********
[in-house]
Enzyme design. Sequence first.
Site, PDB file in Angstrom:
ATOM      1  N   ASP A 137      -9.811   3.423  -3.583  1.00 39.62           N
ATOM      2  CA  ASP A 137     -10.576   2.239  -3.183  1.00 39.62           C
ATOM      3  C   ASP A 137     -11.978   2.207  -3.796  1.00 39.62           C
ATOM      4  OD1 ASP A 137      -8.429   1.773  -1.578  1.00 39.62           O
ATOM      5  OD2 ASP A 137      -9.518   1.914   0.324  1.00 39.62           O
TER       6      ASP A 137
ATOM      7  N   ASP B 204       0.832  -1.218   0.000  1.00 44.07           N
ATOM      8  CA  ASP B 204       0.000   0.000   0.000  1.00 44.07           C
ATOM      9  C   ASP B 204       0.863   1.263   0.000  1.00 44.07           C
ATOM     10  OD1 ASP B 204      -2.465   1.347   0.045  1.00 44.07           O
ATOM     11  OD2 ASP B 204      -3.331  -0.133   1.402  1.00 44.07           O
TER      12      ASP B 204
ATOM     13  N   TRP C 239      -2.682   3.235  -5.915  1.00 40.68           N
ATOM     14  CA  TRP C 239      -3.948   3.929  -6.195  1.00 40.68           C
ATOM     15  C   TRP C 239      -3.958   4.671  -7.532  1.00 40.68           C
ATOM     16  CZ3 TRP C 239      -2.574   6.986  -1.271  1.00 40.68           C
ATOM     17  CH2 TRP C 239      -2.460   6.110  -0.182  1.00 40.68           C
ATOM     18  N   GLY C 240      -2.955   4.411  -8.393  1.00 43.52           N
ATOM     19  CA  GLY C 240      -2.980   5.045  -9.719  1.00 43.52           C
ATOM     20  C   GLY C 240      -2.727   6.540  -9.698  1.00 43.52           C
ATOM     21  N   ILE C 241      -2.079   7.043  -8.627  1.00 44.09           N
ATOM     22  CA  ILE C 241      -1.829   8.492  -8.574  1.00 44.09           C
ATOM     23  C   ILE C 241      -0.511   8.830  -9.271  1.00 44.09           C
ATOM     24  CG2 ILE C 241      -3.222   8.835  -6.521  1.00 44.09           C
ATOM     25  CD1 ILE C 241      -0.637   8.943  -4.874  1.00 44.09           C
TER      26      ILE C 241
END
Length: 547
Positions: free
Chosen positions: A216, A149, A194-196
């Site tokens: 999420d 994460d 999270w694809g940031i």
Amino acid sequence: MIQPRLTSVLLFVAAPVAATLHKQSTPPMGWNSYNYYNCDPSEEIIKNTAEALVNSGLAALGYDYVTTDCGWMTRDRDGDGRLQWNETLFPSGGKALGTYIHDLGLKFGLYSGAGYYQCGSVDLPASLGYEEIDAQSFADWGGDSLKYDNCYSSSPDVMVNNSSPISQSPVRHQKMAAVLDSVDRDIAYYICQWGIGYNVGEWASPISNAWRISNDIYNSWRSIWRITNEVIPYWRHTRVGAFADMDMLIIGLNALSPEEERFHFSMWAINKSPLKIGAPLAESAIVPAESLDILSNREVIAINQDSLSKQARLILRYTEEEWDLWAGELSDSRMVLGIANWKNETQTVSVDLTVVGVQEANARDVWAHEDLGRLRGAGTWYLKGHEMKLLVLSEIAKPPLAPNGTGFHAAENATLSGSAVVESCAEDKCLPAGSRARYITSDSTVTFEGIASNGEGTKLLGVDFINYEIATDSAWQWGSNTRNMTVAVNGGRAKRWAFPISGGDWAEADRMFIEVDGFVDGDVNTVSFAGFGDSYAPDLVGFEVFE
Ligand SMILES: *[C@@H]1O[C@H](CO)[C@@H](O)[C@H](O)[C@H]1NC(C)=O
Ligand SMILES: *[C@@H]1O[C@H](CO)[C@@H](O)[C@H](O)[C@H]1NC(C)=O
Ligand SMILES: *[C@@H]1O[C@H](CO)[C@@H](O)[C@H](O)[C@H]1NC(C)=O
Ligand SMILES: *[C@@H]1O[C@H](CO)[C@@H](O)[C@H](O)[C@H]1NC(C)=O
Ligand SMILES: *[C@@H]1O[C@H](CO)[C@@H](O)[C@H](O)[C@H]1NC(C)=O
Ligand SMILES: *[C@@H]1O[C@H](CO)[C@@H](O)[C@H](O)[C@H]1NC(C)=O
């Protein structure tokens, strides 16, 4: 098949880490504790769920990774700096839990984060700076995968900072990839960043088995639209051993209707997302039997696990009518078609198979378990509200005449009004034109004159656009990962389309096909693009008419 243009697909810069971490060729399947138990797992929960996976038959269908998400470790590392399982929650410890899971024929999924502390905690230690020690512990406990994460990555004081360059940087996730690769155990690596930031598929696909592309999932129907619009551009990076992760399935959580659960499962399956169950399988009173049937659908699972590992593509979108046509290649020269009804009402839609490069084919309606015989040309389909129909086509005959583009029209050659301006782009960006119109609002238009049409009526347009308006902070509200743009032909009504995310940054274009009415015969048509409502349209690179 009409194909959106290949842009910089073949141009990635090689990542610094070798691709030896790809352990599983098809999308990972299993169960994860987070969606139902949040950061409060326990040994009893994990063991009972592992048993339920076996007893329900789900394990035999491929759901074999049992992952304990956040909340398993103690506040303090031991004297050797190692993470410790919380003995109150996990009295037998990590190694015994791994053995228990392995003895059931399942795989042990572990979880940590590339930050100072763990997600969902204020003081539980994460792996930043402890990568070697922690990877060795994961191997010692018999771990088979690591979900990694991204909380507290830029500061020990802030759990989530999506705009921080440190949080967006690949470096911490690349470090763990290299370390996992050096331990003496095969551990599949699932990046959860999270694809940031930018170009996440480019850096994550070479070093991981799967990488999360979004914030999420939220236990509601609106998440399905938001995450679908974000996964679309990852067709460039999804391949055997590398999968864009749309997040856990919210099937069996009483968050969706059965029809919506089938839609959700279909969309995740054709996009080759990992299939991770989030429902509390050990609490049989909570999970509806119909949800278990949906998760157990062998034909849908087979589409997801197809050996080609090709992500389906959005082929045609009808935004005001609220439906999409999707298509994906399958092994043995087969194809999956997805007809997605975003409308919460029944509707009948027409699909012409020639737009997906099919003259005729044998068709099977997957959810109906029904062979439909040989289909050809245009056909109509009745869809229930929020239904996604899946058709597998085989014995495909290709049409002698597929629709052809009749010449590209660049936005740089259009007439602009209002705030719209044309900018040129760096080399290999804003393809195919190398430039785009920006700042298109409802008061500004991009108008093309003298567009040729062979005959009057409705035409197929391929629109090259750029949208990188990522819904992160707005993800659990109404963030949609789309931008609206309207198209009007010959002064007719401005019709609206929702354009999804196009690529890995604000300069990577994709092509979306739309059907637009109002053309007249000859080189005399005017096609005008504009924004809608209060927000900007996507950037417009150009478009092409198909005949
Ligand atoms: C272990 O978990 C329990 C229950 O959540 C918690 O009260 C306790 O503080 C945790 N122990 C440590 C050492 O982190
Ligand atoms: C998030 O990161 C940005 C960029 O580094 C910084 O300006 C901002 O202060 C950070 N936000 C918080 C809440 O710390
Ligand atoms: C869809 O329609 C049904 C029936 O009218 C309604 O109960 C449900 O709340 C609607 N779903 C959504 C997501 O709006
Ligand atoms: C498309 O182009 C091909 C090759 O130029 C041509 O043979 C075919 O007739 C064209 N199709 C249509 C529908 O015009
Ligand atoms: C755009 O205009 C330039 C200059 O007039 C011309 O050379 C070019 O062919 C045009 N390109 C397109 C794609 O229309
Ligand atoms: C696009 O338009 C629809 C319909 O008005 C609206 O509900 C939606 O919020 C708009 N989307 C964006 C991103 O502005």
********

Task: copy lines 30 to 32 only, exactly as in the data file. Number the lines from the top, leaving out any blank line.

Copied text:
END
Length: 547
Positions: free